In 1989, Dr Kalburgi had received a threat to his life from the Lingayats over a collection of research articles on Kannada folklore, religion and culture titled Marga One. His exploration of the life and relationships of patron saint of the Lingayat community Basavanna had attracted the ire of radicals in the community — which forms the single largest group in Karnataka. “In one of the articles, he wrote that Channabasava, who is also a Lingayat seer, was born from a relationship between Basavanna’s sister and a cobbler. In another, he raised questions over Basavanna’s relationship with his wife,” senior journalist Subhash Hugar said.

Following the threat, Dr Kalburgi taught students at Karnatak University under police protection. Later, under pressure from Lingayat seers and citing threat to his family, he withdrew the controversial portions from the book. He called it “intellectual suicide” and swore not to write anything pertaining to the history of Lingayat culture and literature anymore.

With his Leftist views he, however, remained a foe of a section of the Lingayat community, that is today the bulwark of BJP’s support base in Karnataka. Born in the Bijapur region, bordering Maharashtra, Dr Kalburgi himself hailed from a wealthy, landholding Lingayat family.

More recently, in 2014, Dr Kalburgi walked into a controversy while speaking on a proposed anti-superstition bill in Bengaluru where he claimed that it is alright to urinate on the idols of gods and that there would be no retribution. He referred to a piece of work by Kannada Jnanpith award-winning writer U R Ananthamurthy, who claimed to have urinated on idols of gods as a child.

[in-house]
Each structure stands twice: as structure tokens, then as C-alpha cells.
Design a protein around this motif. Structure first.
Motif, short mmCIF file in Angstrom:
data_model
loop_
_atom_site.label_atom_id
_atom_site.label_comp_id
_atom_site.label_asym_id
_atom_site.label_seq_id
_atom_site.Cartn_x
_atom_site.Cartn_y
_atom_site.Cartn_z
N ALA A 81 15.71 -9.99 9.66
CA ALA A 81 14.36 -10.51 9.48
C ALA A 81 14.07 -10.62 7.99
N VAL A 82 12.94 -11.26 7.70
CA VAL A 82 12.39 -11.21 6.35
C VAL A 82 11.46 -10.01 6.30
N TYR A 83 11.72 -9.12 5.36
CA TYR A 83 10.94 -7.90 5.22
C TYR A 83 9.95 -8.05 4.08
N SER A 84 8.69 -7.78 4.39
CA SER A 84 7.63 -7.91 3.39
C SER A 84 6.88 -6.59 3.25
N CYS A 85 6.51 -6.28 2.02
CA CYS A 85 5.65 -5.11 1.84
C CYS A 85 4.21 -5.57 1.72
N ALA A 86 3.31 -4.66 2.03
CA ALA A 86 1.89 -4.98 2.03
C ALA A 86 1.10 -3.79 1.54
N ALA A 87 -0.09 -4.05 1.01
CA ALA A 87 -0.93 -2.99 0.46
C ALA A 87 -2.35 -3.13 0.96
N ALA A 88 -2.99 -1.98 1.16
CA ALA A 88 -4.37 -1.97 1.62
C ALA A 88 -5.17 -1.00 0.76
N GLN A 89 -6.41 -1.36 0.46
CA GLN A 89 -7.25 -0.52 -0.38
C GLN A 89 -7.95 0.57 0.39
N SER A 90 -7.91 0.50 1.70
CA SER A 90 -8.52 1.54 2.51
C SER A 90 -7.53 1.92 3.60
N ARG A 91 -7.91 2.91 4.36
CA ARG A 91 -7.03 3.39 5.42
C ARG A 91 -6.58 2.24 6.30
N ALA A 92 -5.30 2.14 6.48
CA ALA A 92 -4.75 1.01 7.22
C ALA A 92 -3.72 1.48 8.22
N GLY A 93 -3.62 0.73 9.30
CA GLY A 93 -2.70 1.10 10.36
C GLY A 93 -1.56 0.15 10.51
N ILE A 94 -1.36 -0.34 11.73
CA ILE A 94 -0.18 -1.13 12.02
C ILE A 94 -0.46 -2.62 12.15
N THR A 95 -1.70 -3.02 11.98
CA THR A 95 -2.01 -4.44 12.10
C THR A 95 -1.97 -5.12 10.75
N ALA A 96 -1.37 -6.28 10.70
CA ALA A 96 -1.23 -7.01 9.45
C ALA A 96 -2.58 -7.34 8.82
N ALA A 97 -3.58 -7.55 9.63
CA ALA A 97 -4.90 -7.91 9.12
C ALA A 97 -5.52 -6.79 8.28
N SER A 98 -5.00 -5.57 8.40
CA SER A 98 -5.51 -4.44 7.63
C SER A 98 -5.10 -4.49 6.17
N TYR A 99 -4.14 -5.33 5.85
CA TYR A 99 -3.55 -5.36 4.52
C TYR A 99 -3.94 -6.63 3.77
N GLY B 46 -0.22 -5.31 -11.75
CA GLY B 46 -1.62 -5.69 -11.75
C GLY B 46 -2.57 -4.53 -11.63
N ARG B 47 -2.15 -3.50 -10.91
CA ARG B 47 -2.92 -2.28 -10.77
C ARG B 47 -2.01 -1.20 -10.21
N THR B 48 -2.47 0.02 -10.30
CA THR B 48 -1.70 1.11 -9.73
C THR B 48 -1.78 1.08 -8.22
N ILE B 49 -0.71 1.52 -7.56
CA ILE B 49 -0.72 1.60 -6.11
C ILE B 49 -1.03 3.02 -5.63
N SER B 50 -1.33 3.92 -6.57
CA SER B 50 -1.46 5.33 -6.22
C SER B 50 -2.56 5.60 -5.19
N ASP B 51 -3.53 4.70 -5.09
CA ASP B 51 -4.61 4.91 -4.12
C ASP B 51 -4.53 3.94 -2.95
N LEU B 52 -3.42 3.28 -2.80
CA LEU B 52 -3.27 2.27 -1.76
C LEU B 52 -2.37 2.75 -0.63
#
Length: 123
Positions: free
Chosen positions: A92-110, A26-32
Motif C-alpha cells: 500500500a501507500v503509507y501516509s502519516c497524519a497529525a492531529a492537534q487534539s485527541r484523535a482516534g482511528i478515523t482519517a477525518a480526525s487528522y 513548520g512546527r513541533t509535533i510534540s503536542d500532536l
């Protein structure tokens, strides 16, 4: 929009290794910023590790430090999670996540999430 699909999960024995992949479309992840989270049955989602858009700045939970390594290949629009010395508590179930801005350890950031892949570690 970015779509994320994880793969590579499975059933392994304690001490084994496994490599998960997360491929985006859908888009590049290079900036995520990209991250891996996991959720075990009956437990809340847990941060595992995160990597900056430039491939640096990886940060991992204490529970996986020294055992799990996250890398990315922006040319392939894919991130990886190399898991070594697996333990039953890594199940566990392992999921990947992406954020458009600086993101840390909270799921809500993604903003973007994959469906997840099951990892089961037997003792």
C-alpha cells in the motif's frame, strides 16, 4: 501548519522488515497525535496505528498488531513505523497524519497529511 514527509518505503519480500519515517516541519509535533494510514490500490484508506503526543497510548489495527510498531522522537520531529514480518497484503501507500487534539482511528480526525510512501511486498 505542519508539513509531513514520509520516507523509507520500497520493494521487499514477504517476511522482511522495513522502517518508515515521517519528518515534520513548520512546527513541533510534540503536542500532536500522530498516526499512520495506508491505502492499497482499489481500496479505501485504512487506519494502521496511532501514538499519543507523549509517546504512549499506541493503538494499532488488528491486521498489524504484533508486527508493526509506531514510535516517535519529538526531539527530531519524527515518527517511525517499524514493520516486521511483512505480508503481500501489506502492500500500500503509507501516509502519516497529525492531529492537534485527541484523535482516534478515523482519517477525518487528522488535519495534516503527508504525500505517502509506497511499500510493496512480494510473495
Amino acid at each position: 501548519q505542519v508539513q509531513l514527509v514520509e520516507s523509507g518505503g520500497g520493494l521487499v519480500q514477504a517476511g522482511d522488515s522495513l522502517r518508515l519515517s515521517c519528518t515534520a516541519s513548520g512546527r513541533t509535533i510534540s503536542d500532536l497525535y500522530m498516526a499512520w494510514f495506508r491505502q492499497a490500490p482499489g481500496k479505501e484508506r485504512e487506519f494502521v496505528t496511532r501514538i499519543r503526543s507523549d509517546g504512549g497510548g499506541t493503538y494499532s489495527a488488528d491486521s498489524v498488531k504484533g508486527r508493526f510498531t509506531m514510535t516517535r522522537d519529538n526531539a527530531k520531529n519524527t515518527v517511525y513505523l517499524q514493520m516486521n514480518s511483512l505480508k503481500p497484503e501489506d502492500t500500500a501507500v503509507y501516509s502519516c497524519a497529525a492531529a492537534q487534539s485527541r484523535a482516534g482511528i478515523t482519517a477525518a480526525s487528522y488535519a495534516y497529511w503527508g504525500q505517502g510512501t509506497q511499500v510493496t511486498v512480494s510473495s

The speech attracted the ire of right-wing groups and trolls on the Internet but caused more problems for Ananthamurthy rather than Dr Kalburgi. A case was filed against both for “causing hurt to” religious sentiments and beliefs.

“Stones were pelted at Dr Kalburgi’s residence and he was provided police protection. The protection was withdrawn a few months later at the request of Dr Kalburgi, who said he was unable to interact freely with his research students,” a senior police official in Dharwad said.

A senior BJP official in Hubli-Dharwad insisted a property dispute was behind the murder, and that a legal case was on. “It is true that we protested against some of the utterances of Dr Kalburgi last year, but this is purely linked to a family dispute,” Lingaraj Patil, the BJP’s spokesman in Hubli-Dharwad, said.

Police are hoping to get clues from the weapon used in the killing, the motorcycle on which the assailants came, CCTV footage from traffic cameras, and cellphone location data.

Karnataka Chief Minister Siddaram-aiah expressed grief at the killing, promising “strong action against the culprits”.

Dharwad MP and BJP state president Prahlad Joshi said, “Dharwad is a peaceful place. Such incidents are not known to occur here. Dr Kalburgi had extended political support to me in the past,” Joshi said.